In last week’s seminar we discussed (among other points) the role of the nation and modern-nation state in trans-national history. Questions were raised – as in some of the blog posts – as to how the nation-state interconnects with other levels and scales of investigation: the regional, the inter-national or supra-national level. This is an essential question and not an easy one. Not the least as transnational history is still relatively, but also as the entry point to transnational history varies widely and can be an object (OXO), a network or organisation (League of Nations, Red Cross, an NGO), individuals or the nation (in comparison – see Kiran Patel’s “Soldiers of Labour).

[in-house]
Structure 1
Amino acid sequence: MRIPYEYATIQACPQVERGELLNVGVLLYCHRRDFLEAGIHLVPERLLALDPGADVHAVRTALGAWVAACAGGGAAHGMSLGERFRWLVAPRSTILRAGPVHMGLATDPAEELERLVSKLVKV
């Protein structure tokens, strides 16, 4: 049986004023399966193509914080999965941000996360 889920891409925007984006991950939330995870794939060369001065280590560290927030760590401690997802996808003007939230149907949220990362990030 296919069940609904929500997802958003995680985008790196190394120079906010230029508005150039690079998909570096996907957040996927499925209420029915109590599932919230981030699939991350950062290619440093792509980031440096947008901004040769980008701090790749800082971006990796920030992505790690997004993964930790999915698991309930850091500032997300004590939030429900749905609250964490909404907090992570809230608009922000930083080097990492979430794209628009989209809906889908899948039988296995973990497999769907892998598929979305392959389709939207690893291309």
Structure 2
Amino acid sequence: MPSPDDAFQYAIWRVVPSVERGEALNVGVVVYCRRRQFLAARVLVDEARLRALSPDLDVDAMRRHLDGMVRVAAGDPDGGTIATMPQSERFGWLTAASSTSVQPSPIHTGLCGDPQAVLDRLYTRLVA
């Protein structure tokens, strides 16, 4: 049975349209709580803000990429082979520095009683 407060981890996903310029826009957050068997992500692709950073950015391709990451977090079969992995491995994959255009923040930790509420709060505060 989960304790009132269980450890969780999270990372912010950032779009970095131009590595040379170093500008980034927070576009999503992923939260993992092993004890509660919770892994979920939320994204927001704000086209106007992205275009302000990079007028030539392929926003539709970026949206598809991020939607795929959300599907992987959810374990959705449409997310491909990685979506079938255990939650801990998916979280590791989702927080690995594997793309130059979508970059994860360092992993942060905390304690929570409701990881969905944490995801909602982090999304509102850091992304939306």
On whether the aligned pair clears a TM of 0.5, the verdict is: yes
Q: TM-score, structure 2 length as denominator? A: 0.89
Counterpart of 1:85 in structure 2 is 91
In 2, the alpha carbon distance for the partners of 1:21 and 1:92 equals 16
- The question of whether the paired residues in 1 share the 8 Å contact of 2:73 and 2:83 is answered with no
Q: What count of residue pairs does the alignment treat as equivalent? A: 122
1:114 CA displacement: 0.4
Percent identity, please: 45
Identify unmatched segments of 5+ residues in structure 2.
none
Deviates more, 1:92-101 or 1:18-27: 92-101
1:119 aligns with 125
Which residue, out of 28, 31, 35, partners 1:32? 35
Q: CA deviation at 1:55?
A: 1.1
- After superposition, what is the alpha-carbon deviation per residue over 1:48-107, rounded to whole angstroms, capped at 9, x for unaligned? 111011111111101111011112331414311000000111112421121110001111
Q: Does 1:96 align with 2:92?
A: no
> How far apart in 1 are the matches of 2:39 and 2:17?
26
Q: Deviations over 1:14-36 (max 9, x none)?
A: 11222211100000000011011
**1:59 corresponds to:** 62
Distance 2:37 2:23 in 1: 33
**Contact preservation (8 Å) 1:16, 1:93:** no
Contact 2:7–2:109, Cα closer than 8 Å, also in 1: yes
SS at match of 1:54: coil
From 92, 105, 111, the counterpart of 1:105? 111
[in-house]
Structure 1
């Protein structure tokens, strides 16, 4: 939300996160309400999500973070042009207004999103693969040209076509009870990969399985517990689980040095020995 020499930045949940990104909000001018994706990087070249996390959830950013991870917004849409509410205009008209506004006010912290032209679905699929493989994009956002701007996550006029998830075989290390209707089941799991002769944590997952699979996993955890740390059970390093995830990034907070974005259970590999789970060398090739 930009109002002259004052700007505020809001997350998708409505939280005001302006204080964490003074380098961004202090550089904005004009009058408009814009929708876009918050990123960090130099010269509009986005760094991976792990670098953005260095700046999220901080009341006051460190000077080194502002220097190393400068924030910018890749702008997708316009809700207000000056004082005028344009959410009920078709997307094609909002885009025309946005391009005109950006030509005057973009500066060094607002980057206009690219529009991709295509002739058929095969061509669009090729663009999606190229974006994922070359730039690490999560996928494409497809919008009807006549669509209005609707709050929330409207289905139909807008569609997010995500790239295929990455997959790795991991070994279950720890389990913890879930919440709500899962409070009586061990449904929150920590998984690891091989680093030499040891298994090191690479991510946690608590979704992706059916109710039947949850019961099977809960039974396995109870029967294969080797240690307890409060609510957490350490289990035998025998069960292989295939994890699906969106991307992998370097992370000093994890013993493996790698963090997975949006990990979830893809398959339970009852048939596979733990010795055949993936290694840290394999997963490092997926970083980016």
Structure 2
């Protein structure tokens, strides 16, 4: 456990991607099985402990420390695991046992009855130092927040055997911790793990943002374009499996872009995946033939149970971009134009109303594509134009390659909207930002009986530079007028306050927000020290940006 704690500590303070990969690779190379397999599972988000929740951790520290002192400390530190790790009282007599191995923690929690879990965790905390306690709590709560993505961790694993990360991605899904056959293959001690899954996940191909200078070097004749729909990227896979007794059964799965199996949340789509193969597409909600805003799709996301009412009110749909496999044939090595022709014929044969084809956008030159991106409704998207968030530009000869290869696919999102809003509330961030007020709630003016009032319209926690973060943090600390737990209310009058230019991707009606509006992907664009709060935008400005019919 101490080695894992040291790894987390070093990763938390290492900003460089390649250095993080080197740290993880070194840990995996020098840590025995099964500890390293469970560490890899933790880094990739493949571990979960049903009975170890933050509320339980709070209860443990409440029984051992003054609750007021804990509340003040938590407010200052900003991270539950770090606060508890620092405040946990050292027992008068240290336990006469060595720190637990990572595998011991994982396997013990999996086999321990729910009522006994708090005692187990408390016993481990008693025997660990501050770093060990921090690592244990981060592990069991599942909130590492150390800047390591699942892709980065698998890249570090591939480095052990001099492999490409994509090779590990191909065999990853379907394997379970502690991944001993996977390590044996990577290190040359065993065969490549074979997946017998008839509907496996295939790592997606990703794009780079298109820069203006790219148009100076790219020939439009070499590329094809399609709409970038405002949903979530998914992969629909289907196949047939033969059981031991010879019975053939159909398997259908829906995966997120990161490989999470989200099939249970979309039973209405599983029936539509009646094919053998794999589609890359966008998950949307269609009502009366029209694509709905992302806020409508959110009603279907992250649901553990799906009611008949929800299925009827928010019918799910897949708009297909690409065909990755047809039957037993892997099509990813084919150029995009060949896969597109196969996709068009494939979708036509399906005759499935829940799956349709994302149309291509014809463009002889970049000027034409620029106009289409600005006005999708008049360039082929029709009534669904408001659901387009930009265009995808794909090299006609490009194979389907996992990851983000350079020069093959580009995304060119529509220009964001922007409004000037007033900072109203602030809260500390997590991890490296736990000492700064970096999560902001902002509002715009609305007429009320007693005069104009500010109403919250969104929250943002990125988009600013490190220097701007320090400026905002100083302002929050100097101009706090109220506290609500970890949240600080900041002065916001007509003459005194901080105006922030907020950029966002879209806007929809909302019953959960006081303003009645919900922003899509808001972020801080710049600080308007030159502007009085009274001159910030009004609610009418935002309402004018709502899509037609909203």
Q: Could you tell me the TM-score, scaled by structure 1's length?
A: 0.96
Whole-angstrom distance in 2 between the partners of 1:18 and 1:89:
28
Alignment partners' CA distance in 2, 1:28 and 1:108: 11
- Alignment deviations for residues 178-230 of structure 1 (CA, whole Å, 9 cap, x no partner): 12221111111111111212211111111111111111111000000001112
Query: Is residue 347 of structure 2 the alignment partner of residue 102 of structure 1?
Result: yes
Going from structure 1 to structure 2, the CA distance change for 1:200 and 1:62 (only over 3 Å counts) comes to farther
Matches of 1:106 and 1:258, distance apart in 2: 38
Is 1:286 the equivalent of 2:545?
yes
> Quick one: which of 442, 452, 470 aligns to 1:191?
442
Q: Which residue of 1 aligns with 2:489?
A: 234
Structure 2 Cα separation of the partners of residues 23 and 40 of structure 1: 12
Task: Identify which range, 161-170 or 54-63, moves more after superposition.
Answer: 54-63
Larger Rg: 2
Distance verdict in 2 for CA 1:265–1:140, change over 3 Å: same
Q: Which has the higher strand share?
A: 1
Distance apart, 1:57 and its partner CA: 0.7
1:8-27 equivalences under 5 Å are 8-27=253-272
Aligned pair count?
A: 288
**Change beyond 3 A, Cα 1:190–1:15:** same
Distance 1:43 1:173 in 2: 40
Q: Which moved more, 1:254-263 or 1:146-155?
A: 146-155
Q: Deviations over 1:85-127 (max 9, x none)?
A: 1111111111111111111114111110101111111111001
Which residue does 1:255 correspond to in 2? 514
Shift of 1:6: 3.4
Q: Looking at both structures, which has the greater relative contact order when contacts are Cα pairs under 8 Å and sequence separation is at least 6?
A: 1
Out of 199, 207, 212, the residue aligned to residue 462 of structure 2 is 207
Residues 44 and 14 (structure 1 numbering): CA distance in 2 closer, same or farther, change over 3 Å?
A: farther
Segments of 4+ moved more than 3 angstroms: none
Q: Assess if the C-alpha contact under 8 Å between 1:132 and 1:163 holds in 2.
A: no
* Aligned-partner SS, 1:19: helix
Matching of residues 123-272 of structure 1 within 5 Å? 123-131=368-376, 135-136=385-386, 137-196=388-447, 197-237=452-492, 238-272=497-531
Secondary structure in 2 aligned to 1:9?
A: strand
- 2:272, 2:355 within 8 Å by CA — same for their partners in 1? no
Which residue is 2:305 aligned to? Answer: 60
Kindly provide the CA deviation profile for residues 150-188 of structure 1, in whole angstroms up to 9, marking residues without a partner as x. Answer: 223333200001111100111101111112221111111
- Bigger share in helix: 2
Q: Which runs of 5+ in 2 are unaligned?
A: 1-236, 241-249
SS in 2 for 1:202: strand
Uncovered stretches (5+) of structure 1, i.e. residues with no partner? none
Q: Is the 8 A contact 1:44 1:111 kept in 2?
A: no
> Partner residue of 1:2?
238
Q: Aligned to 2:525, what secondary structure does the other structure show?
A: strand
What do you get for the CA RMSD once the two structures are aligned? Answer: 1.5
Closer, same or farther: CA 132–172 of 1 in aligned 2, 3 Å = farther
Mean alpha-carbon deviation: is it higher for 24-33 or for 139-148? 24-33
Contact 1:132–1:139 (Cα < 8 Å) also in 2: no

This week, based on Ian Tyrrell’s “Transnational Nation” and Sebastian Conrad’s “Globalisation and the Nation”, we will continue the debate. We will ask how the levels and scales interact, how nations are made transnationally and how nations and nation-states (more traditionally seen as separated entities in comparative or inter-national history) interact?
Contest of the week: Do you dare to draw a transnational diagram or visualisation of Tyrrell’s or Conrad’s vision of how the regional, national, and global interact? It is not easy how to connect the Matryoshka Dolls – but it can help to see how different approaches to transnational and global history work.